A Decade on, Mother Tongue Stories Help Heal a Nation
On the 10th Anniversary of the Haiti Earthquake, NABU Publishing enlists a treasure trove of local creatives to promote Haitian culture through storytelling
PORT-AU-PRINCE – JANUARY 12, 2020 – January 12, 2010, is a date that will forever be etched in the minds of Haitians globally. On this day, the nation was struck by a magnitude 7.0 earthquake, taking the lives of 250,000 and injuring hundreds of thousands more. With approximately three million Haitian people directly affected, the island faced a crisis that would cripple its economy and haunt survivors for years to come.
Ten years on, some of the issues Haiti experienced post-earthquake, still persist. In the last six months, the media has boasted publications highlighting Haiti’s declining economy, crumbling political stability and lack of access to basic human needs. Corruption within government sectors, and the recurrence of natural disasters over the years, have made it difficult for the people of Haiti to remain optimistic about the future of their nation. One venture, however, is giving Haitians both locally and abroad, something to smile about.
Meet NABU Publishing, an endeavour that sets out to change the way Haitian children see themselves through the power of local storytelling. Late last year, NABU Publishing began its monthly release of bilingual Haitian children’s books that were written and illustrated for the Haitian community, by the Haitian community. To date, the organization has published six local stories in Haitian Creole -English. These stories proudly accentuate the richness and depth of Haitian culture while also broadening the minds of culturally curious children at their next bedtime.
Today, on the 10th Anniversary of the Earthquake, NABU Publishing is launching two more original titles, Little Butterfly and A Beautiful Present for Bili, written by Port-au-Prince based author Martyna Dessources and illustrated by Haitian artist Audeva Joseph. Little Butterfly is a playful poem about a butterfly accompanied by spectacular illustrations of the Haitian landscape and A Beautiful Present for Bili is a touching story of the experience an only child goes through before the birth of a new baby sibling. The bilingual Creole-English storybooks feature Haitian children of color and is sure to delight families of the Haitian diaspora while also expand the mind of any child who is curious about other cultures.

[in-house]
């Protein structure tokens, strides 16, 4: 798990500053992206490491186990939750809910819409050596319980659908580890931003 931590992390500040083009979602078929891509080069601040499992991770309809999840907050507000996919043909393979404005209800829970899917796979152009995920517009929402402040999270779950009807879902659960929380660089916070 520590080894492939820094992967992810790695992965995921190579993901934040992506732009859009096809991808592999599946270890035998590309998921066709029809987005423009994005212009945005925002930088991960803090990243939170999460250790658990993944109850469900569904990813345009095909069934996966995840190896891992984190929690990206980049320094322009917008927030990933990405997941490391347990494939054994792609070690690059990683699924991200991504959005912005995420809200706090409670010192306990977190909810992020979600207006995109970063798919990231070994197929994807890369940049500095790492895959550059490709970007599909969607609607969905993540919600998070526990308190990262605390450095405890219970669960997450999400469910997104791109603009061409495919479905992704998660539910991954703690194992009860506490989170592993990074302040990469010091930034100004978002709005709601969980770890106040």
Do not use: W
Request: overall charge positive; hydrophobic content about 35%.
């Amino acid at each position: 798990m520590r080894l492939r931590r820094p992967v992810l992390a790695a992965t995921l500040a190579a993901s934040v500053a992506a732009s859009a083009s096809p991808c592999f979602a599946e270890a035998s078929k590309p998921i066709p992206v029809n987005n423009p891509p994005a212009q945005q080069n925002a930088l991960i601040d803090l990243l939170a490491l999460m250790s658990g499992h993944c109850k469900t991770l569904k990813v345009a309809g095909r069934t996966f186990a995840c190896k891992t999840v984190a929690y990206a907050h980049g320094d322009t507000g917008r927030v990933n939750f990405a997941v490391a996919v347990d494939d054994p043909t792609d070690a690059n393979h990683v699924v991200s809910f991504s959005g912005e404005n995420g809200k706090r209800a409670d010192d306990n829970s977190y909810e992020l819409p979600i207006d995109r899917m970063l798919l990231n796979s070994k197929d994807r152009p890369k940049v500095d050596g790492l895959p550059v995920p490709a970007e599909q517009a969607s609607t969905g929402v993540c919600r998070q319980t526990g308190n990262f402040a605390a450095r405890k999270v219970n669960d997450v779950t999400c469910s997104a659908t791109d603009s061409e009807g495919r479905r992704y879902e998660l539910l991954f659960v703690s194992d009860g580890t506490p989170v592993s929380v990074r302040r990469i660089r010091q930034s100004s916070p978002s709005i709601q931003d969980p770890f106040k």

NABU, the organization behind NABU Publishing, is a global literacy non profit. With offices in New York and Rwanda and a Foundation led by dedicated Haitians in Port-au-Prince, NABU is disrupting the cycle of poverty by leveraging technology to publish mother-tongue children’s books for free on digital platforms. Through their low bandwidth application nabu.org which is available to download on Android, they have reached 40,000 readers and their families in their programs in Rwanda and Haiti.
It was while working in these communities that co-creators of NABU Tanyella Evans, Taniya Benedict and Isabel Sheinman found that representative, mother tongue stories for children were almost non-existent. This led them to work with Francoise Thybulle, the former Director of the Haitian National Library, to develop writer workshops, providing training for local authors and illustrators to create original stories using technology to level stories to the local curriculum. After six months, over 200 leveled books were created in Kreyol, making NABU one of the largest publishers of Creole content globally.
NABU Publishing also brings an edited collection from Haitian creators to a US audience for the first time. Co-creator of NABU Taniya Benedict hopes that the collection will help to redress the inequality in the US publishing industry where only 13% of children’s books in the past 24 years have featured any kind of multicultural content, even though over 50% of children in the US identify as non-white. Benedict states, “the significance of seeing one’s reality in a storybook, should not be taken lightly. When you grow up reading in your mother-tongue, and actively seeing yourself represented in illustrations, you develop self-confidence that is unbound and powerful. You begin to believe that you are the creator of your own destiny, and this intrinsic belief ultimately leads to self-actualization.”
NABU Publishing will release two new story books every month in the US from their network of authors in Haiti and Africa. Proceeds from the sale of these books will go directly towards NABU’s Foundation in Haiti.
Buy here: www.nabu.org/buybooks